State, federal, local groups pull together to protect 300-acre DeLuca property in Cornwall, Falls Village
By TIM ABBOTT
November, 06, 2008
CORNWALL — The 304.4-acre Deluca property in Cornwall and Falls Village has been protected from development with federal Highlands Conservation Act funds.
The Highlands includes properties in four states, including Connecticut.
The property provides an additional 2,700 feet of protected frontage along the Upper Housatonic River Trout Management area. This increases recreational opportunities and opportunities for improving water quality. It also expands the Housatonic State Forest and creates a contiguous tract of 1,000 acres that is habitat for migratory songbirds. The tract serves as an important wildlife corridor connecting large conservation areas on both sides of the river.
The property includes 221.84 acres in Cornwall and 82.56 acres in Falls Village.
Connecticut Department of Environmental Protection Commissioner Gina McCarthy said, “The acquisition of the DeLuca property was an especially important addition to the state’s open space holdings. This property expands on existing protected land in the area and aids our efforts to enhance the quality of the Housatonic River. The purchase was possible only with the financial support DEP received from the Cornwall Conservation Trust and the Federal Highlands Fund. This is a perfect example of the types of partnerships we need to build to succeed in meeting this state’s open space goals.”
“The closing on this property represents the culmination of focused efforts at every level of government to achieve a gigantic victory for conservation” said state Sen. Andrew Roraback (R-30). “The cooperation that led to this success should be emulated at every opportunity as we continue working to keep Litchfield County the special place that it is.”
“Timing is everything” said Cornwall First Selectman Gordon Ridgway. “We were just lucky to have a motivated seller and that the state had the resources to put toward protecting this unique property.”
Falls Village First Selectman Pat Mechare said, “This acquisition by the state continues a conservation trend for the town of Canaan [Falls Village] of having one of the highest rates of land protection in the state.”
Funding to protect the Deluca property came from local, state and federal sources. Most of the $3.4 million purchase came from Department of Environmental Protection through its Recreation and Natural Heritage Trust Program. Since 1986 this fund has been the DEP’s primary program for acquiring land to expand the state’s system of parks, forests, wildlife and other natural open spaces.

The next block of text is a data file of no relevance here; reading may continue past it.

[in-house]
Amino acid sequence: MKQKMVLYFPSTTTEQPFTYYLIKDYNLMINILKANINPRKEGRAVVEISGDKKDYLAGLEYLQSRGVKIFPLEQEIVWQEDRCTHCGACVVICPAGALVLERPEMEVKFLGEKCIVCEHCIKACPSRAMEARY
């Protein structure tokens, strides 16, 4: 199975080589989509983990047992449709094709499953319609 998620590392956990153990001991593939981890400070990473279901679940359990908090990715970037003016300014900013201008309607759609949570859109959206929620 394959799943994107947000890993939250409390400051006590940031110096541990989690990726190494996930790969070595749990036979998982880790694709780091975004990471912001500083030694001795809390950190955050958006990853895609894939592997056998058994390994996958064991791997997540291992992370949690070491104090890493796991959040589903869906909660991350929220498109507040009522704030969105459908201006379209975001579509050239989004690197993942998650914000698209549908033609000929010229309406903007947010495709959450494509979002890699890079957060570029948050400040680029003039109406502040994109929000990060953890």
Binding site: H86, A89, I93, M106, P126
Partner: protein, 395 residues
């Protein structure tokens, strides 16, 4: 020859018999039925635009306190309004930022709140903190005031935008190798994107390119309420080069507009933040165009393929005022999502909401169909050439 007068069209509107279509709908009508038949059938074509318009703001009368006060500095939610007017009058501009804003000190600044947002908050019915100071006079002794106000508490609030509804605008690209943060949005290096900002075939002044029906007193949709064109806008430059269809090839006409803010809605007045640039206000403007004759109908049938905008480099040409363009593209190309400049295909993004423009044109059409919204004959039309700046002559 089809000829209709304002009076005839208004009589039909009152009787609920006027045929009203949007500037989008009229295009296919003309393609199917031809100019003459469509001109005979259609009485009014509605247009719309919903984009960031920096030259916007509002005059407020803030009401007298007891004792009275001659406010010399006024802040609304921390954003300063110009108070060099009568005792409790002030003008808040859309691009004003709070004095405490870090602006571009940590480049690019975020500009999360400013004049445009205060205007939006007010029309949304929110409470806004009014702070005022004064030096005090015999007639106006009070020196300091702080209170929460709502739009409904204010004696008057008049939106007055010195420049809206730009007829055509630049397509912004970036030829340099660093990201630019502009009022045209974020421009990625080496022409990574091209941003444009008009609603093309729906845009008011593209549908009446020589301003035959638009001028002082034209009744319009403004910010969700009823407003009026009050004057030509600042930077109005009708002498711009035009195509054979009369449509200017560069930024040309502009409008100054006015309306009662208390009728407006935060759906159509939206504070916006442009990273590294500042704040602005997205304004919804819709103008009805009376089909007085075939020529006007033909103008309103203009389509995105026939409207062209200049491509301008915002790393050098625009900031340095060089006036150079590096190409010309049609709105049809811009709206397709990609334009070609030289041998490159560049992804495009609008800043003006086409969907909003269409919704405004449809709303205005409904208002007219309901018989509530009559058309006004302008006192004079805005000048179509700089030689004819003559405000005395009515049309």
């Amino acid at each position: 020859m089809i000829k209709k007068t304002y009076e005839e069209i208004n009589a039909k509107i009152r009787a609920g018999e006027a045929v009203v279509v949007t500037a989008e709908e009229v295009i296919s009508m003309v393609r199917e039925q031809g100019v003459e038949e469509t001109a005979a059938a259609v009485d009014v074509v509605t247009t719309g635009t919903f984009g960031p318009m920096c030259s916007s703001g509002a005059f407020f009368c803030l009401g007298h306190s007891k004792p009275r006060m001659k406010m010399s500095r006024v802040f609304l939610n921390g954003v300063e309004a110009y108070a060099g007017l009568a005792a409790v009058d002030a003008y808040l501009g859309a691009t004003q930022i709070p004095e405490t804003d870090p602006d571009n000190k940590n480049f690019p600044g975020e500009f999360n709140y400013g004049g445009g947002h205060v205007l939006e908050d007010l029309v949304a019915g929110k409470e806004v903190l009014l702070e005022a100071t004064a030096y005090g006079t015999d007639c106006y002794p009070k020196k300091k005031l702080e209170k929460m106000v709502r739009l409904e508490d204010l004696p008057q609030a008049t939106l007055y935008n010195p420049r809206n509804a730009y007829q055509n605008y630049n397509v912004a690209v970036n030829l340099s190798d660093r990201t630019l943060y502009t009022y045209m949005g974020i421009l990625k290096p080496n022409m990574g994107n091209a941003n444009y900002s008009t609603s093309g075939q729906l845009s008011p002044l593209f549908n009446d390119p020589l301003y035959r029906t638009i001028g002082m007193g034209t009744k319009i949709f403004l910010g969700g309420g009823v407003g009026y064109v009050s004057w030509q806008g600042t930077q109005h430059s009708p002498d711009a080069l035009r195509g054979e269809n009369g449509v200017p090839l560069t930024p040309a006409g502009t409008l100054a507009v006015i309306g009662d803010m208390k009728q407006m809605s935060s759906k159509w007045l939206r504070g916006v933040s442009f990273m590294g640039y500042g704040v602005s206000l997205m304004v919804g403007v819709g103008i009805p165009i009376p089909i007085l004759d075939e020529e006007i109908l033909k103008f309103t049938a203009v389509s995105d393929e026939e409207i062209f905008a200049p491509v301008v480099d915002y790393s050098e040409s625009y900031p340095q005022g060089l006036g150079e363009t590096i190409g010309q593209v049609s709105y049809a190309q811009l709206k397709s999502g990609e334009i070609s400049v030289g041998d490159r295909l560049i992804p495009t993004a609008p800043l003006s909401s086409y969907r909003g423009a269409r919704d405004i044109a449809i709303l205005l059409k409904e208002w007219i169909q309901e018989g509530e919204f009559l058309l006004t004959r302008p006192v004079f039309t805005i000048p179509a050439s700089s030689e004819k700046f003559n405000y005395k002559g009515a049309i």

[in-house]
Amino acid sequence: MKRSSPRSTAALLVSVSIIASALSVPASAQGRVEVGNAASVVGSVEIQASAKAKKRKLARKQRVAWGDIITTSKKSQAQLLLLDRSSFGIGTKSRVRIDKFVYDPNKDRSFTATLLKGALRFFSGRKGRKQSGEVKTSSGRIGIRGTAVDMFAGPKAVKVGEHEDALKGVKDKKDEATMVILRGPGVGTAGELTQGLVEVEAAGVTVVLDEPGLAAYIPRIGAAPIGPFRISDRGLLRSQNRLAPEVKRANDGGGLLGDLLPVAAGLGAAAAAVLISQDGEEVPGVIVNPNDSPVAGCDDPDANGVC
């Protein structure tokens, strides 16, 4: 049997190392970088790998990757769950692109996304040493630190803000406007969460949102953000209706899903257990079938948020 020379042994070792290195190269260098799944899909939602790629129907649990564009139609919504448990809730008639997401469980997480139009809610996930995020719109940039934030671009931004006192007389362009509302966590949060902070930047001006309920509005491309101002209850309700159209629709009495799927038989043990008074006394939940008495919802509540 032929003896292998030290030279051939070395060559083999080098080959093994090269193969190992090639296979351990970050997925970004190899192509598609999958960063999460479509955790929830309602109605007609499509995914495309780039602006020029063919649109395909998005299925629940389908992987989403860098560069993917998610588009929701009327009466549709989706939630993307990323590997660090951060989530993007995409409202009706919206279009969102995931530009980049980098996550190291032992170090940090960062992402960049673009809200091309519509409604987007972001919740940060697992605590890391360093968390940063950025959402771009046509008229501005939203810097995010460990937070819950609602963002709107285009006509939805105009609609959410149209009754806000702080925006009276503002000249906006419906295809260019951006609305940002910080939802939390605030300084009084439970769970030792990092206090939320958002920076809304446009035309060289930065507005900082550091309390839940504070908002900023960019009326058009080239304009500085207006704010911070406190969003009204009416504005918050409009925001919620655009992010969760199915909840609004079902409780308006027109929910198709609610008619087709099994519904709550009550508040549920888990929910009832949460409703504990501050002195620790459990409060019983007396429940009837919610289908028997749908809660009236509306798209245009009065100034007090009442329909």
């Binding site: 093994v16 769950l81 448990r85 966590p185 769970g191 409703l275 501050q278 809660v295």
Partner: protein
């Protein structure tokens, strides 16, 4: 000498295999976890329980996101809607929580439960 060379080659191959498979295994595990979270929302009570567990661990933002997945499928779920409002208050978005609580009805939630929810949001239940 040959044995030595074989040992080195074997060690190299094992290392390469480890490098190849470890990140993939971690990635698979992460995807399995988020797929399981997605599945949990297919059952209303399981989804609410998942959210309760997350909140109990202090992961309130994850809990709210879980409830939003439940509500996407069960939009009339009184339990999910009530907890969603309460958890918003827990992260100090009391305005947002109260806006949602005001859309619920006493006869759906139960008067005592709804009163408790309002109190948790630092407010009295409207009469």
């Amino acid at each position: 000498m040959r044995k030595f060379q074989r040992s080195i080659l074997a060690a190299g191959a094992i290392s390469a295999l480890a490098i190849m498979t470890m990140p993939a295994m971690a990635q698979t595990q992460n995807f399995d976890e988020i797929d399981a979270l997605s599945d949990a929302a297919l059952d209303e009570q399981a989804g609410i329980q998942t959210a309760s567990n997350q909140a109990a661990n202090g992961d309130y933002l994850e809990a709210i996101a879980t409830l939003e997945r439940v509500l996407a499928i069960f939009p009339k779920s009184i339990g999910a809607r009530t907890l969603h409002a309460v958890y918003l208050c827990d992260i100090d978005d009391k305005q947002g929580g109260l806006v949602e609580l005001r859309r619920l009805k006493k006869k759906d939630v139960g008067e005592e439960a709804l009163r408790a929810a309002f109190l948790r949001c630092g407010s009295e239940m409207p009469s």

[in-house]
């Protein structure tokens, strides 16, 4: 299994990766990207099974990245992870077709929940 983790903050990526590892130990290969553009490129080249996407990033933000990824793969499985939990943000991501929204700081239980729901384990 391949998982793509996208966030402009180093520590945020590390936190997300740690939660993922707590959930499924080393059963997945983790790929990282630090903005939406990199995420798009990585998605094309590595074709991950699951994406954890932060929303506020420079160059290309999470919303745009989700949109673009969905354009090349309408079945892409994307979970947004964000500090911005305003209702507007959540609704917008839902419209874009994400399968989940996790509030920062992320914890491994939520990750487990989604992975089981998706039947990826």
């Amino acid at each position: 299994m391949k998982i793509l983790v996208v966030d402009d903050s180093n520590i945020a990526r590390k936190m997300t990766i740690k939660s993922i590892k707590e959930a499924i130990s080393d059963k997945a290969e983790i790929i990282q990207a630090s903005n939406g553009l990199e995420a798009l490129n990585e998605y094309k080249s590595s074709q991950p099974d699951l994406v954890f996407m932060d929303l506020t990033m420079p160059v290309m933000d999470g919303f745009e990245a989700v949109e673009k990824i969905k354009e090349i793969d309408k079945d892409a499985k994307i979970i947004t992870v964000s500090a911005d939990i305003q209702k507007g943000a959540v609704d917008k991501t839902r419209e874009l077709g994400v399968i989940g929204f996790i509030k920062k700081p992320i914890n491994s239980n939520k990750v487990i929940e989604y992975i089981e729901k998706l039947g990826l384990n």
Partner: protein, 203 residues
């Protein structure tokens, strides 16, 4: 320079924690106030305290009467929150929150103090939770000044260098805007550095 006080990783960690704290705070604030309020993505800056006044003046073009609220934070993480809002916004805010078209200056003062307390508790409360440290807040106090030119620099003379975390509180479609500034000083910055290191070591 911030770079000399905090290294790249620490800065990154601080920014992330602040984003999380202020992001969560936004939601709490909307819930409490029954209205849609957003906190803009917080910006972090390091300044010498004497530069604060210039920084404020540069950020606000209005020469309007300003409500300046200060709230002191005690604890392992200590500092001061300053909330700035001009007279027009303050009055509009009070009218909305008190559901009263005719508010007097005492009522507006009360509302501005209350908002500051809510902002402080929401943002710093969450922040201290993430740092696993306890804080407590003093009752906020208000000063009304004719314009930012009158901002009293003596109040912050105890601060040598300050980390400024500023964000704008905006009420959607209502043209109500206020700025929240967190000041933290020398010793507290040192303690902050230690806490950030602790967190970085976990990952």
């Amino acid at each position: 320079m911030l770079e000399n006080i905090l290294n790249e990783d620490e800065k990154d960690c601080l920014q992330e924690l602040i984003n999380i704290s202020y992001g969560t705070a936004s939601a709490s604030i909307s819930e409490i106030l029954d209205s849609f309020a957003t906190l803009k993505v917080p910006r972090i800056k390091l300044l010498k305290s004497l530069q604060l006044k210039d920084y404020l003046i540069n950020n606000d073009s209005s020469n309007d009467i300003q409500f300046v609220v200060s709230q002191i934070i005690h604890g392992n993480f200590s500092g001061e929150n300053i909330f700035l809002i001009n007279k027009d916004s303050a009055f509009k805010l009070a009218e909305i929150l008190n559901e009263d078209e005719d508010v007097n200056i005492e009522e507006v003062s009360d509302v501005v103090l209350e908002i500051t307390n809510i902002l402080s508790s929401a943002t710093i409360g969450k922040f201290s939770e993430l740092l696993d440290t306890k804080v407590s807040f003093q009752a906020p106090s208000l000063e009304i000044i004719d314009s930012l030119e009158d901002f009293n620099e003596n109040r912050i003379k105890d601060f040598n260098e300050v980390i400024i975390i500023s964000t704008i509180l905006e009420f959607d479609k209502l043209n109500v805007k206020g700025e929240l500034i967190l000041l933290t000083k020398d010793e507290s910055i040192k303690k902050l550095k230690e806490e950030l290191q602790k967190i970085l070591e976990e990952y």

The non-profit Cornwall Conservation Trust contributed $100,000 in privately raised donations to this project.
“CCT and its donors are delighted to have brought some local, private funds to this important project in the Housatonic watershed and are glad to be a part of a ‘first’ for the Highlands,” said Hector Prud’Homme, president of the trust. “Whenever another opportunity arises, we will again join forces with public funding sources to protect precious open space for the benefit of future generations.”
In addition, about $500,000 was awarded through the Federal Highlands Fund. These Highlands Conservation Act funds are the first to be secured by Connecticut since the act went into effect in 2004.
“Now more than ever, when conservation dollars are so hard to come by, projects like these are practically impossible without multiple sources of funding,” said Elaine LaBella, co-chair of the Connecticut State Committee of the Highlands Coalition. “The fact that $500,000 in federal funding leveraged nearly six times that amount in state and private resources for the Deluca project shows how important it is for Congress to fully fund the Highlands.”
Although authorized for up to $100 million over 10 years, the federal Highland’s Fund has only received $3.75 million since 2004 to allocate among projects in the Highlands.
The Highlands Coalition is a four-state alliance of nearly 200 nonprofit, municipal, state and federal organizations working collaboratively to protect vitally important natural resources across 3.5 million acres under federal recognition in the Highlands of Pennsylvania, New Jersey, New York and Connecticut.
Tim Abbott is program director of Housatonic Valley Association’s Litchfield Hills Greenprint, and is one of The Journal’s two Nature’s Notebook correspondents. He is a chairman of the Connecticut State Committee of the Highlands Coalition, along with Elaine LaBella of the Housatonic Valley Association.
© Copyright 2008 by TCExtra.com
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